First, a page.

At the end of each record there is a space for various observations, relating, for example to the date of a prior publication in a periodical, if known; the spelling of the author’s name if this has been altered in the TT volume; the indication of a pseudotranslation; information about diminutives, titles or complementary information about the translator and/or the author; the name of editors of the TT collection and/or authors of covers; the titles of short stories/texts included in an anthology, followed by the indication of the ST author and ST title (if the ST title is given in the volume, it is followed by an asterisk); the volume unavailable because it is in poor condition, or requisitioned by the services, etc; the presumed existence of indirect translation; or when the ST was not identified/found.

Complementary reading
For more information about the process of creating the research project and the constitution of the database, see:

  • Seruya, Teresa. 2015. “The Project of a Critical Bibliography of Translated Literature and its Relevance for Translation Studies in Portugal.” in: How Peripheral is Periphery? Translating Portugal Back and Forth. Essays in honour of João Ferreira Duarte. Ed. by Marta Pacheco Pinto, Rita Bueno Maia and Sara Ramos Pinto. Cambridge Scholars Press. (text submitted in 2011)

  • Rosa, Alexandra Assis. 2012. "A Long and Winding Road: Mapping Translated Literature in 20th-Century Portugal.New Directions in Translation Studies, Special issue of Anglo-Saxónica. 3:3. Ed. by Anthony Pym and Alexandra Assis Rosa.  205-227. (link)

  • Seruya, Teresa. 2009. “Introdução a uma bibliografia crítica da tradução de literatura em Portugal durante o Estado Novo”, in: Traduzir em Portugal durante o Estado Novo, Proceedings of the 5th Colloquium in Translation Studies in Portugal, ed. by Teresa Seruya, Maria Lin Moniz and Alexandra Assis Rosa. Lisbon: Universidade Católica Editora. 69-86.

  • Seruya, Teresa.  2007. “Notes for a cartography of literary translation history in Portugal” (together with M. Anacleto, M. dos Anjos Guincho, Dionísio Soler. M.Lin Moniz and Alexandra Lopes), in: Doubts and Directions in Translation Studies, ed. by Yves Gambier, Miriam Shlesinger and Radegundis Stolze, Amsterdam: John Benjamins . 59-71.

Academic publications that reveal the potential of this new tool for the study of literary translation in Portugal include (selection of more recent publications):

  • Rosa, Alexandra Assis. 2017. “Rethinking the Hegemony of English in Twentieth-Century Portugal.” International English and Translation. Special Issue of The Translator 23 (4), ed. Rita Queiroz de Barros and Karen Bennett. 441-455. (link)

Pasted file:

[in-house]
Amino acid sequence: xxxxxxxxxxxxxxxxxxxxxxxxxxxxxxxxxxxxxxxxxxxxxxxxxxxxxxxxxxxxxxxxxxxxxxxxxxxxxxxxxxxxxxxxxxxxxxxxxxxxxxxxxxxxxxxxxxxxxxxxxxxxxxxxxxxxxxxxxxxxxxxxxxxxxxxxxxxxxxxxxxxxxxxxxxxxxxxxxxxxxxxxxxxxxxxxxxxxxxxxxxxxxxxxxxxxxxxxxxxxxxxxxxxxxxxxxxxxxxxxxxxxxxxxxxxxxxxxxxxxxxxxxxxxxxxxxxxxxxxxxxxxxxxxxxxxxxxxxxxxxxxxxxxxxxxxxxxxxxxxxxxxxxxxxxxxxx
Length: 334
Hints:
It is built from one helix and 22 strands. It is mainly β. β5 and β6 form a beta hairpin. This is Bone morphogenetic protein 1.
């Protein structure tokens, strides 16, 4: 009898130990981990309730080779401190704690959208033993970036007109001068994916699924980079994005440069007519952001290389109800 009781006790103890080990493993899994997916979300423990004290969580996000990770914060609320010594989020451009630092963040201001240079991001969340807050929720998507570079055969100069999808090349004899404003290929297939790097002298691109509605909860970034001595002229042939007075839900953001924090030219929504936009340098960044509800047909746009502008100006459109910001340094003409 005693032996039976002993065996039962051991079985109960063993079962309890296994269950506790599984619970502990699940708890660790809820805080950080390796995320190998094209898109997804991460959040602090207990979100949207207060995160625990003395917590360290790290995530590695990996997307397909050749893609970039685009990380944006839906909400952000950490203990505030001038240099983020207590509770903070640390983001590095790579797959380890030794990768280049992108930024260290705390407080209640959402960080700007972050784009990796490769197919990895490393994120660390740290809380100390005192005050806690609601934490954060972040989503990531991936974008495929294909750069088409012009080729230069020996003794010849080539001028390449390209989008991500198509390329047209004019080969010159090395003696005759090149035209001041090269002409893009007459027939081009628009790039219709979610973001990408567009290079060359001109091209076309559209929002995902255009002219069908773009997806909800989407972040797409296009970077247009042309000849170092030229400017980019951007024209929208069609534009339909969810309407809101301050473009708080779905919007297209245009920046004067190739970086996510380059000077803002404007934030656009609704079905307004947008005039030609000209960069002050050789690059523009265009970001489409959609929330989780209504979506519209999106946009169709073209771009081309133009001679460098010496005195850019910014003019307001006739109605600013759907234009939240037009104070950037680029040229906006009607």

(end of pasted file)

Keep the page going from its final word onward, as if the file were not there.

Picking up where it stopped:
• Pięta, Hanna. 2016. "On Translation between (Semi)peripheral Languages: The External History of Polish Literature Translated into European Portuguese as a Case in Point." The Translator 22 (3):354-377. (link)

  • Seruya, Teresa, e Maria Lin Moniz. 2015. "As literaturas eslavas em Portugal durante o Estado Novo: Ensaio bibliográfico." Special Issue of IberoSlavica, ed. Teresa Seruya e Hanna Pięta 131-151. (link)

  • Pięta, Hanna (2013). “Fontes bibliográficas utilizadas no estudo da história da tradução da literatura polaca em Portugal: apresentação e discussão." “A Scholar for all Seasons.” Homenagem a João de Almeida Flor. Lisboa: CEAUL. 297-310. (link)

[Last updated: August 2018]


Academic coordination
CECC: Teresa Seruya and Maria Lin Moniz
CEAUL/ULICES: Alexandra Assis Rosa (till 2018), Hanna Pięta (from 2018)
Technical coordination
Maria Lin Moniz (CECC)
Review of data
Maria Lin Moniz (Coordination), Hanna Pięta (CEAUL/ULICES), Rita Bueno Maia (till 2019, CECC and CEAUL/ULICES), Catarina Xavier (from 2019, CEAUL/ULICES)
Rui Nascimento
Grafic design
João Casaca

Language consultants

  • German: Teresa Seruya (CECC)
  • Bulgarian: Nana Metodieva (FLUL)
  • Danish: Susana Janic
  • Spanish: Rita Bueno Maia (CECC e CEAUL/ULICES)
  • Hungarian: Zsófia Gombár (CEAUL/ULICES)
  • Italian: António Fournier and Vanessa Castagna
  • Polish: Hanna Pięta (CEAUL/ULICES)
  • Russian: Pieter Boulogne (KULeuven) and Nonna Pinto (CECC)

Research consultant

  • João de Almeida Flor (CEAUL/ULICES)

Current team

Researchers (of CEAUL/ULICES and CECC)

  • Ana Raquel Duarte da silva Correia (volunteer, CEAUL/ULICES)
  • Ana Rita Silva (volunteer, CEAUL/ULICES)
  • Anita Calado Gouveia (volunteer, CEAUL/ULICES)
  • Alexandre Dias Pinto (collaborator, CECC)
  • Beatriz Gil (volunteer, CEAUL/ULICES))